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Nets look to make moves on their board game

Michael Beasley of the New York Knicks puts

Michael Beasley of the New York Knicks puts up a shot in the second half against Spencer Dinwiddie of the Brooklyn Nets at Madison Square Garden on Friday, Oct. 27, 2017. Credit: Jim McIsaac

The Nets’ 107-86 loss to the Knicks on Friday at Madison Square Garden was their worst performance of the season on both ends of the floor, but the most glaring stats revolved around poor rebounding. The Knicks bludgeoned the Nets on the boards, 55-34, including a 19-4 beating in offensive rebounds that led to a 31-6 difference in second-chance points.

The Nets (3-3) can’t afford a repeat against the Nuggets (2-3) Sunday night at Barclays Center. “It’s a big concern,” coach Kenny Atkinson said after practice on Saturday. “We’re 29th in the league in defensive rebounding [percentage]. We have a long way to go.

“I’ve said it since Day 1 that we have to do it by committee. You look at our guard rebounding, and it was like one, zero, two. It’s on our bigs, but beyond that, it’s on our guards. That’s Spencer [Dinwiddie], too. I don’t think Spencer had one last night, and he’s 6-6. Against a really good offensive rebounding team like Denver, we’re going to be tested. Let’s see if we can rectify it.”

Big men not a small problem

The season is young, but the Nets repeatedly have been found wanting against big men who can stretch to the perimeter to make shots. The latest was the Knicks’ Kristaps Porzingis, who scored 30 points Friday night, and next in line is Denver center Nikola Jokic, who is shooting 50 percent from three-point range and 51.9 percent overall.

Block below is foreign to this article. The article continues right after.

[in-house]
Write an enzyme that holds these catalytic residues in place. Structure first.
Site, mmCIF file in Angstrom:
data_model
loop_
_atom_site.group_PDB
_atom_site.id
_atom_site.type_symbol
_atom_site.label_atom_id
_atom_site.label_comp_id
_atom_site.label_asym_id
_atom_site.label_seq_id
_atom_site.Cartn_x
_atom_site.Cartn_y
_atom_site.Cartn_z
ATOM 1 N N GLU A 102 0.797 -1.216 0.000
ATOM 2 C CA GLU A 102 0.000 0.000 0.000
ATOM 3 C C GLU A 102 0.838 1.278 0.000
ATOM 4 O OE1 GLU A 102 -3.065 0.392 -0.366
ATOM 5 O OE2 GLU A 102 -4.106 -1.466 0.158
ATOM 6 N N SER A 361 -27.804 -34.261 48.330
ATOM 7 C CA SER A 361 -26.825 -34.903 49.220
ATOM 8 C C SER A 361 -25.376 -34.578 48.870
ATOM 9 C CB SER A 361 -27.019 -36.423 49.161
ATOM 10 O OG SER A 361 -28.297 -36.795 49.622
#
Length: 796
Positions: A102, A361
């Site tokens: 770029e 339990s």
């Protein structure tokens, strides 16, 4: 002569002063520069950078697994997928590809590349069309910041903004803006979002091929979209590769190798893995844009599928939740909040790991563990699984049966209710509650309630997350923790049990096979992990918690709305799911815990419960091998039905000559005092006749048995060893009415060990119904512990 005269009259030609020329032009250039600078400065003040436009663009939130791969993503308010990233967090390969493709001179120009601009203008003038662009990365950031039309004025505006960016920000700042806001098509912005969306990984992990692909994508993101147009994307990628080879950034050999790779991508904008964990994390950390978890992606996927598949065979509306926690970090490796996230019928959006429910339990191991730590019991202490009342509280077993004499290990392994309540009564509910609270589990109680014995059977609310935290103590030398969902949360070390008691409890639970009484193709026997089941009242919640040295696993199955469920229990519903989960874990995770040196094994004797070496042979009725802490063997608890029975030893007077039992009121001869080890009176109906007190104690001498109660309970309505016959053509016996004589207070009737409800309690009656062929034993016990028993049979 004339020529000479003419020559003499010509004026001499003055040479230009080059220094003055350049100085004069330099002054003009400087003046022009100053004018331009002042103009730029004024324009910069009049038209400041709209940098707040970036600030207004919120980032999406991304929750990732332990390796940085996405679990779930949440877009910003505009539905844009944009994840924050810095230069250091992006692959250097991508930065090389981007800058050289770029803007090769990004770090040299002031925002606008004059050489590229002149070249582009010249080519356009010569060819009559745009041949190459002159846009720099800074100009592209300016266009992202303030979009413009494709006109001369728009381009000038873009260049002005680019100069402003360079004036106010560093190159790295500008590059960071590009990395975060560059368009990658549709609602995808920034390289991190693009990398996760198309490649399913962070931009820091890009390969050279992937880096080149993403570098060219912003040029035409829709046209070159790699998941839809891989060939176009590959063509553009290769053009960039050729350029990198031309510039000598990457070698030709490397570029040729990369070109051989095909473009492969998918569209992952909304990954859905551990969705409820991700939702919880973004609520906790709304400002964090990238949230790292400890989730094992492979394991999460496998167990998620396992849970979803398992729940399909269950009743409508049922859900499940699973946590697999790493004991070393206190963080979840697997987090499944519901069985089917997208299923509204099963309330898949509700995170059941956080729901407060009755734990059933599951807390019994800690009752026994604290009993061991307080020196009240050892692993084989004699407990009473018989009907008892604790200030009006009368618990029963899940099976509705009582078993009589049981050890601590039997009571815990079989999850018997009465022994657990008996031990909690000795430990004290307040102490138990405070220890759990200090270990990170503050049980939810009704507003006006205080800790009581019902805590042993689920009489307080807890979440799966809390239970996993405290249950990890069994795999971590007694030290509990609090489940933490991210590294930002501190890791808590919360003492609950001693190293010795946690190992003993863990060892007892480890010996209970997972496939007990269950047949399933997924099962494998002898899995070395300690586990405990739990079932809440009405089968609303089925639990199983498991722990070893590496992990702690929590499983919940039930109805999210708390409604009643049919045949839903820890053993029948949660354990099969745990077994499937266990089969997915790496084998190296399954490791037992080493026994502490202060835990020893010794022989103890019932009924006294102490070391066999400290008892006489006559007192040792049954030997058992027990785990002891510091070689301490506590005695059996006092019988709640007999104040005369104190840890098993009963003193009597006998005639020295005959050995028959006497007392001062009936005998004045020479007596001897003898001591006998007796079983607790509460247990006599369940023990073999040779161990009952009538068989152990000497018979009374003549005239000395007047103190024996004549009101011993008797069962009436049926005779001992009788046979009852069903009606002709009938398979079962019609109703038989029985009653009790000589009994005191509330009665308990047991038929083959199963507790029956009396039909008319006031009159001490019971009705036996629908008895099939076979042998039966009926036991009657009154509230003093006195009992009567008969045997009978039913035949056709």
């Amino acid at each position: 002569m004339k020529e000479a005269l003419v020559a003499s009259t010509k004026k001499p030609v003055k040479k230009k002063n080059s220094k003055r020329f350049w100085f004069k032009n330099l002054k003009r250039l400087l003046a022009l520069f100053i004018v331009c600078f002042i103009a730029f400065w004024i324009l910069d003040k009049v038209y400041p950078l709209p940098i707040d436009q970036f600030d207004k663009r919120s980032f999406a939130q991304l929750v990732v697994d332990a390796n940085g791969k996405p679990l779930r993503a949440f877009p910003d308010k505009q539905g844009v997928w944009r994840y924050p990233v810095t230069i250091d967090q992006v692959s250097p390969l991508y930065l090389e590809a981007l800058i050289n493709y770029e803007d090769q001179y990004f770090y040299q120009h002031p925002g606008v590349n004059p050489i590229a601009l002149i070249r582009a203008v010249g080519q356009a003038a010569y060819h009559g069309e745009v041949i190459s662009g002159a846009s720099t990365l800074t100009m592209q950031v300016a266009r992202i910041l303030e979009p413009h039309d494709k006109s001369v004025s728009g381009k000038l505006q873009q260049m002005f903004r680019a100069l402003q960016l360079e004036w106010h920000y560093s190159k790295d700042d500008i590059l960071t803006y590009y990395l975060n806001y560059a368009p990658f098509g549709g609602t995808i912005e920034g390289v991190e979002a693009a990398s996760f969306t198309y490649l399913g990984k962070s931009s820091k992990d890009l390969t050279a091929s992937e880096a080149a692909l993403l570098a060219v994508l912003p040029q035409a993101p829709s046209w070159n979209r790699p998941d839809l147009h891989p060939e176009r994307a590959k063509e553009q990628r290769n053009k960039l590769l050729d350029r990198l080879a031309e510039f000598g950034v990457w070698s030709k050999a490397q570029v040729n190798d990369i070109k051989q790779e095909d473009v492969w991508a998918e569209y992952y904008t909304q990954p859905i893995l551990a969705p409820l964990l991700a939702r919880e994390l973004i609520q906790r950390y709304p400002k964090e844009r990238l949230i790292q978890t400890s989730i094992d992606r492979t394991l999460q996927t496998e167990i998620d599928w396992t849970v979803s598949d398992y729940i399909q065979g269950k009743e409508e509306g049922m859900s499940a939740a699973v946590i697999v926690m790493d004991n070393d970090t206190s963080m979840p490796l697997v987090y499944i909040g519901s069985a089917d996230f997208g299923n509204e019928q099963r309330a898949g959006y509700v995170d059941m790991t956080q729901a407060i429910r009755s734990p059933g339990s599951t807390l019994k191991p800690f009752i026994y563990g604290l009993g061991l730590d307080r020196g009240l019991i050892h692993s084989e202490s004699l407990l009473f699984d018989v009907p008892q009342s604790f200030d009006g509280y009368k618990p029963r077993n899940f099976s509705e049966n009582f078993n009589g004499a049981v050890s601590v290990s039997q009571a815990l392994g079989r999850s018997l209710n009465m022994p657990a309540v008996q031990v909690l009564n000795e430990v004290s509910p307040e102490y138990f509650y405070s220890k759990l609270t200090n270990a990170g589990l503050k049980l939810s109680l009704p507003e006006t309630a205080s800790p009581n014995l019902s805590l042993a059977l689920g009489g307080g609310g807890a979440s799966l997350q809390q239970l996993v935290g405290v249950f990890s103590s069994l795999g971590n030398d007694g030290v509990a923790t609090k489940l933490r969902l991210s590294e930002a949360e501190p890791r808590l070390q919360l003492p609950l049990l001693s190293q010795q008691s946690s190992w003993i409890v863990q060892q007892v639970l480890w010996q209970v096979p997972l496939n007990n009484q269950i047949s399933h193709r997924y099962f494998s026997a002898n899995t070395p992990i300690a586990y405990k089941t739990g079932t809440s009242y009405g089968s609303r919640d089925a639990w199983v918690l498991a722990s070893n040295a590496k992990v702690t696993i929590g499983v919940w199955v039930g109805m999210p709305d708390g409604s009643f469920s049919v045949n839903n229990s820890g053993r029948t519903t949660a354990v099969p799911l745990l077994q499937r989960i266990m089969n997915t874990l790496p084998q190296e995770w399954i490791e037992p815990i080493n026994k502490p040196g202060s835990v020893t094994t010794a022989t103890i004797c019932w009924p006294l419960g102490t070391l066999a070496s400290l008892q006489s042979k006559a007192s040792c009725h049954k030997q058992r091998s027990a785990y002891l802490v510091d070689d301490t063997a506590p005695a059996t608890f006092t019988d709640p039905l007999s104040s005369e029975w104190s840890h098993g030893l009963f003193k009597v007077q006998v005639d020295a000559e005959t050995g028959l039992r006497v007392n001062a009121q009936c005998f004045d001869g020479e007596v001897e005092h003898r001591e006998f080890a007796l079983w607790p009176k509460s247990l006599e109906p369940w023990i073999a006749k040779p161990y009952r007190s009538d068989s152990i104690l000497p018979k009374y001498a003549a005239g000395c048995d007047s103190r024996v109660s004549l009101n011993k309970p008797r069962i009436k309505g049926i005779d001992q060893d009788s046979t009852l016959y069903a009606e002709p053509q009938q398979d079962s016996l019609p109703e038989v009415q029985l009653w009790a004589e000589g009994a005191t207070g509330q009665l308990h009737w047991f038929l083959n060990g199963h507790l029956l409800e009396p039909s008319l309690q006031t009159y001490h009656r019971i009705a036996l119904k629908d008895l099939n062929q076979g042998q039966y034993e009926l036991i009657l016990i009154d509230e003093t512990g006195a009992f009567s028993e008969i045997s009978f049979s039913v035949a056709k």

“He’s multi-dimensional,” Atkinson said of Jokic. “He’s a facilitator from the perimeter. Not to go back to [the Knicks loss], but [Kyle] O’Quinn and [Willie] Hernangomez were picking us apart from those elbow spots, and that’s where Jokic lives. We’ve got to do a better job pressuring those passers. A lot of teams are using big guys as facilitators from the perimeter spot.”

Undersized Nets power forward Rondae Hollis-Jefferson struggled against the 7-3 Porzingis, who has an eight-inch height advantage over him, but Atkinson said the Nets could have done a better job of helping. “It’s definitely challenging, but I would say a lot of shots he made were tough shots, well-contested,” Hollis-Jefferson said. “It’s to his advantage because he’s so much taller, but that’s no excuse. I feel like I could have done a better job.”

Hollis-Jefferson has a tough matchup against Nuggets power forward Paul Millsap, but he undoubtedly will find himself against Jokic at times. “There’s a lot of talented bigs out there who can go in the post and shoot the deep ball,” Hollis-Jefferson said. “It’s about making every shot, every task hard for them. Just make it tough, and we’ll live with the results.”

New York Sports